Picking fresh, homegrown herbs for your kitchen is a great way to save money and elevate the flavour of your food. Expensive to buy in a supermarket, many popular varieties are cheap and easy to grow from seeds or small plug plants. While you may have a ready supply through the summer months, tender herbs don’t always fare well in the winter. Here’s how to preserve and store your fresh herbs for all year round use…
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What are the best ways to preserve fresh herbs?
Depending on which herbs you grow, you can preserve a bumper crop by drying, freezing, or adding to oils and vinegars. For all methods, pick the herbs just before they flower, selecting the topmost, most tender new stalks. Picking before they flower ensures the leaves contain the most oil for maximum taste and aroma.
Dried herbs can be kept in a clean, airtight jar for up to two years, while frozen herbs retain their flavour for up to 6 months. For something a bit different, you can also make your own flavoured oils.
How to dry fresh herbs
Slow air drying is the best way to preserve the flavour and aroma of herbs. Gradually allowing the moisture to evaporate preserves the optimum amount of oil. You don’t need any special tools or equipment apart from an airtight storage container. Here’s what to do:
- Take a bunch of freshly picked herbs and wash well.
- Blot carefully to get them as dry as possible. Wet herbs will go mouldy before they’re able to dry out.
- Tie the stems together and leave in a cool, dark area for about 2 weeks or until the herbs are thoroughly dried.
- Chop them finely or leave larger leaves like bay and rosemary sprigs whole.
- If you don’t have a suitable area for drying then try putting them in a paper bag, with a few holes for ventilation.
- Store in a clean, dry, airtight jar.
Herbs most suited to drying: Thyme, Rosemary, Bay, Sage and Tarragon.
How to freeze fresh herbs
Freezing fresh herbs is a great way to savour their flavour beyond their short shelf life. Elevating a dish from ordinary to extraordinary, you don’t even have to thaw them before use. Here’s how to freeze herbs for the best results:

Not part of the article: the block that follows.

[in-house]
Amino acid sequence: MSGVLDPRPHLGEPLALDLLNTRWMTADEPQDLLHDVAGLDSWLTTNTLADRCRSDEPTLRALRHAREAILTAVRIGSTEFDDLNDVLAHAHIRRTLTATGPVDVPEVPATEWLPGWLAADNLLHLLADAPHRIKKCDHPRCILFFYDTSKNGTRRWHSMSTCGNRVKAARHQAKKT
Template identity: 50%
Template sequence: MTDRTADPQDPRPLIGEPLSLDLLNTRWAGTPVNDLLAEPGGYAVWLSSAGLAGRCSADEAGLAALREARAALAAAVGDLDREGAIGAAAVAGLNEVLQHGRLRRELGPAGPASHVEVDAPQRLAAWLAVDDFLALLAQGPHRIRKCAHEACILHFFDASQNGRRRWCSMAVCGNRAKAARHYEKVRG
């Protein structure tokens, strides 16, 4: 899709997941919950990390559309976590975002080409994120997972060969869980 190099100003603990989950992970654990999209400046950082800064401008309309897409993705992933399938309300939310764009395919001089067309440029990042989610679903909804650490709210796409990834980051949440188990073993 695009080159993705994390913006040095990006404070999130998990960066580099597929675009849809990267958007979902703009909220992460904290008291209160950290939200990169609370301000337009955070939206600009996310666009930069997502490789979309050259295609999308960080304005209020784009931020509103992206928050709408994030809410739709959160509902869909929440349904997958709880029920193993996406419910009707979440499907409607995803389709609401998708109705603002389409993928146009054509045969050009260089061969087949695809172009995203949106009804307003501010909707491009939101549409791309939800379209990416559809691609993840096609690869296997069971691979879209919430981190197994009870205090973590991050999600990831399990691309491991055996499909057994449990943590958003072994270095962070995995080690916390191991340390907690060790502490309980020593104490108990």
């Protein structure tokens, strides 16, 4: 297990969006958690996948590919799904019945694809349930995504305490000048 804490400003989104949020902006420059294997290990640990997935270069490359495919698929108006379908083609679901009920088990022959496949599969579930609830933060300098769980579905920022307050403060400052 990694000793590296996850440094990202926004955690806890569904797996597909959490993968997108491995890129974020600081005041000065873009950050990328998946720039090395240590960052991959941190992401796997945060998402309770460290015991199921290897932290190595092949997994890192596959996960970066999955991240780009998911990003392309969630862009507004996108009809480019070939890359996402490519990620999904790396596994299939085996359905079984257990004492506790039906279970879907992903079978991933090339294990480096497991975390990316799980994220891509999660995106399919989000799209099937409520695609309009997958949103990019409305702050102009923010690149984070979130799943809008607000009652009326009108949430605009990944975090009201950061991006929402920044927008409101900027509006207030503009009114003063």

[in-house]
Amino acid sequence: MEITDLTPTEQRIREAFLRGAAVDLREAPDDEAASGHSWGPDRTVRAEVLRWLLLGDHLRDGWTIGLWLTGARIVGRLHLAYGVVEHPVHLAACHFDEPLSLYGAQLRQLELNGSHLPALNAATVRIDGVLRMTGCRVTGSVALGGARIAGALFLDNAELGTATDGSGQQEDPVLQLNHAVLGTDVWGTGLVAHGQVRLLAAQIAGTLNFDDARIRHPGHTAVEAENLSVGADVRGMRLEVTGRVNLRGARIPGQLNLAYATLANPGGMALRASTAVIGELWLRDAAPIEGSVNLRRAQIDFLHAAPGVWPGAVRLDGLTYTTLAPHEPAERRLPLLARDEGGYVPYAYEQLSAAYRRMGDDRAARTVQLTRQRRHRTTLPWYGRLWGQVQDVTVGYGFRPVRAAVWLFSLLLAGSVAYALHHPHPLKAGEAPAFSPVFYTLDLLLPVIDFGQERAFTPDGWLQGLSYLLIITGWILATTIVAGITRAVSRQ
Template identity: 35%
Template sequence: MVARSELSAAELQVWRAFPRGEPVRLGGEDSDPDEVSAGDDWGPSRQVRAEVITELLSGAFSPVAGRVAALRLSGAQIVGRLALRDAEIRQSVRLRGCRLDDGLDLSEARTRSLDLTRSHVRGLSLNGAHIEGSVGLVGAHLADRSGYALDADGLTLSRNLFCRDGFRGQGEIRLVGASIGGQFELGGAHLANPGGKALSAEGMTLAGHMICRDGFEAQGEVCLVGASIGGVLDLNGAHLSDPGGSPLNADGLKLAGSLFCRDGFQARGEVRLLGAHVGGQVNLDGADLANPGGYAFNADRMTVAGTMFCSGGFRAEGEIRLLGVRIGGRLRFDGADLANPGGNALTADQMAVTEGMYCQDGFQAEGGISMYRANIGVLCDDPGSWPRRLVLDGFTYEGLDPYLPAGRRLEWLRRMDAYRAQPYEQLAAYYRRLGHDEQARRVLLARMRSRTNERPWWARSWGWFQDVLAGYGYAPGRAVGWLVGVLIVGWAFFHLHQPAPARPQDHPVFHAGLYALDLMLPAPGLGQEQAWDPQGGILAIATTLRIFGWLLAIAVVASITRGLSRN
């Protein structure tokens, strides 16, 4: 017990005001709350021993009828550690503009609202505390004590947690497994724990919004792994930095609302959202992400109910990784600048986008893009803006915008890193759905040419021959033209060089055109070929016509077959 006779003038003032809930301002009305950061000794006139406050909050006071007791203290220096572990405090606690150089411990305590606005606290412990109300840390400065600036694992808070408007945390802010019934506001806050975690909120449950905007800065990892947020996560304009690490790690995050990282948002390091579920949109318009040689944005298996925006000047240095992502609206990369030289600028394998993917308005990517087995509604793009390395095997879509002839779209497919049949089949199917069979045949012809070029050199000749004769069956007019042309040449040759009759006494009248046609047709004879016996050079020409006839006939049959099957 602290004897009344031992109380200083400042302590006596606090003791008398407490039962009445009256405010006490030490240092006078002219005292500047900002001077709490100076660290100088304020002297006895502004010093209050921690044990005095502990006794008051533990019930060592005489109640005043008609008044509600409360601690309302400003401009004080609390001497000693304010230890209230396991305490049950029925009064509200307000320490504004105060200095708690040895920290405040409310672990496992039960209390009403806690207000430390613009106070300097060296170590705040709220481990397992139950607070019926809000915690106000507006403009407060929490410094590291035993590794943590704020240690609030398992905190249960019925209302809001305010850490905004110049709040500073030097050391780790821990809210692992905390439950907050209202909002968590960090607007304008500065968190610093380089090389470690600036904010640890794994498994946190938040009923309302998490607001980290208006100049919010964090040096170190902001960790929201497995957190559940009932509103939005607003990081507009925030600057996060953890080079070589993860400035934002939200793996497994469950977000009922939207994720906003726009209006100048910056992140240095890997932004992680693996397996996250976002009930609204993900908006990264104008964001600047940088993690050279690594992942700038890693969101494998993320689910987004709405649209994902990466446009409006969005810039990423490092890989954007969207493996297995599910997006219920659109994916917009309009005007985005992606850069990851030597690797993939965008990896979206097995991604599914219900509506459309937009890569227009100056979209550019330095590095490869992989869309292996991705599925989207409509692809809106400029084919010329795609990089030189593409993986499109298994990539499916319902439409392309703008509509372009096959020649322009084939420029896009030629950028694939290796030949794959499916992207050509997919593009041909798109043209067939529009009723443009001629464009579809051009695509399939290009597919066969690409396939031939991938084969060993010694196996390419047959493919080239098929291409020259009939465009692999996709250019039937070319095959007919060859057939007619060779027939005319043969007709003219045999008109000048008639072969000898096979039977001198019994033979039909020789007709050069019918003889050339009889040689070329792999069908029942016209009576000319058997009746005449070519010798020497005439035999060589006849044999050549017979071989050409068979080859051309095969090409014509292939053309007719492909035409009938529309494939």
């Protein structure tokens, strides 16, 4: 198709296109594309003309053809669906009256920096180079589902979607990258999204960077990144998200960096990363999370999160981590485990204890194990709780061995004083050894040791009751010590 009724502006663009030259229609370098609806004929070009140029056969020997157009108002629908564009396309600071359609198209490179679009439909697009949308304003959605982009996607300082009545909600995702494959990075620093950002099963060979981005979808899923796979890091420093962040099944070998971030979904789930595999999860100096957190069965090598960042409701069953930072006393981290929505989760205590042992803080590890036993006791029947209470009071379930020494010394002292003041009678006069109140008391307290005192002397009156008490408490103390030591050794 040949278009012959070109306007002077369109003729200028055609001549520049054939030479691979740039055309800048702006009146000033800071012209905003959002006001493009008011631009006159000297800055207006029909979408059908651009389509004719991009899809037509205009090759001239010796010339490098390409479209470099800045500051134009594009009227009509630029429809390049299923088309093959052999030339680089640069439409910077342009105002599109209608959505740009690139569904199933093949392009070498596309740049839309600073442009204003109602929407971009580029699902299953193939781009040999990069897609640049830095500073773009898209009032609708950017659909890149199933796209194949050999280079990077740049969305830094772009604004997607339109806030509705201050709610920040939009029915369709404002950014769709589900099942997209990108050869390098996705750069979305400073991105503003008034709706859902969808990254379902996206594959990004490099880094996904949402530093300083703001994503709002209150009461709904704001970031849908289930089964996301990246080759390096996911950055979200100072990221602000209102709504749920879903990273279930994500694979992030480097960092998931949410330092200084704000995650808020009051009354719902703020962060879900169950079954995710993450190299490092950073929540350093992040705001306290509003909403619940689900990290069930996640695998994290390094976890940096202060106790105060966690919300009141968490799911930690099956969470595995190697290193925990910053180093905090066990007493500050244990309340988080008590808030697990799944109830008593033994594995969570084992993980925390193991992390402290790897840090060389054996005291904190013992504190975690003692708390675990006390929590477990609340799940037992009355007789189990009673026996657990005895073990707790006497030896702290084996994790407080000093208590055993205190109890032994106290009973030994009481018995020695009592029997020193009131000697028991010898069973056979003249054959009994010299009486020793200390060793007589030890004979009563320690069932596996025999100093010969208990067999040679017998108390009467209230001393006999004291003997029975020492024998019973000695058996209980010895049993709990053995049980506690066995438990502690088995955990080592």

- Harvest herbs on their stalks and wash well.
- Dry thoroughly, as excess water can lead to freezer burn.
- Place bunches of herbs into a plastic bag and freeze. To use, simply snip the required amount off the bunch with scissors.
- Alternatively, finely chop herbs and freeze them into ice cube trays with a little water.
- Basil tends to lose its colour when frozen so puree in a blender with a little olive oil before transferring to the ice cube tray.
- Once frozen, transfer the herb cubes into a zip-lock bag or airtight container and leave in the freezer until needed.
Herbs most suitable for freezing: Basil, Chives, Parsley and Coriander
How to make flavoured oil and vinegar
Basil, rosemary and oregano can all be used to make flavoured oils. To avoid botulism, it’s important to acidify the herbs first using citric acid:
- Make a citric acid solution using 2 cups of water, 1 tablespoon of citric acid granules and 2 cups of chopped, fresh herbs.
- Soak the herbs in the solution at room temperature for at least 24 hours. Botulism toxin will not develop in this medium.
- Remove the herbs, drain well and pat dry.
- Add the herbs to olive oil and infuse at room temperature for up to 10 days. Use one part herbs to ten parts oil.
- Store in the fridge where it should keep for up to six months.
Herbs most suitable for infusing in flavoured oil: Basil, Rosemary and Oregano
Preserving and storing herbs is a fantastic culinary trick that allows you to capture the essence of summer and bring it to your table whenever you desire. Read our article on how to grow herbs for advice on expanding your kitchen garden.
Lead image: Oregano ‘Hot and Spicy’ from Suttons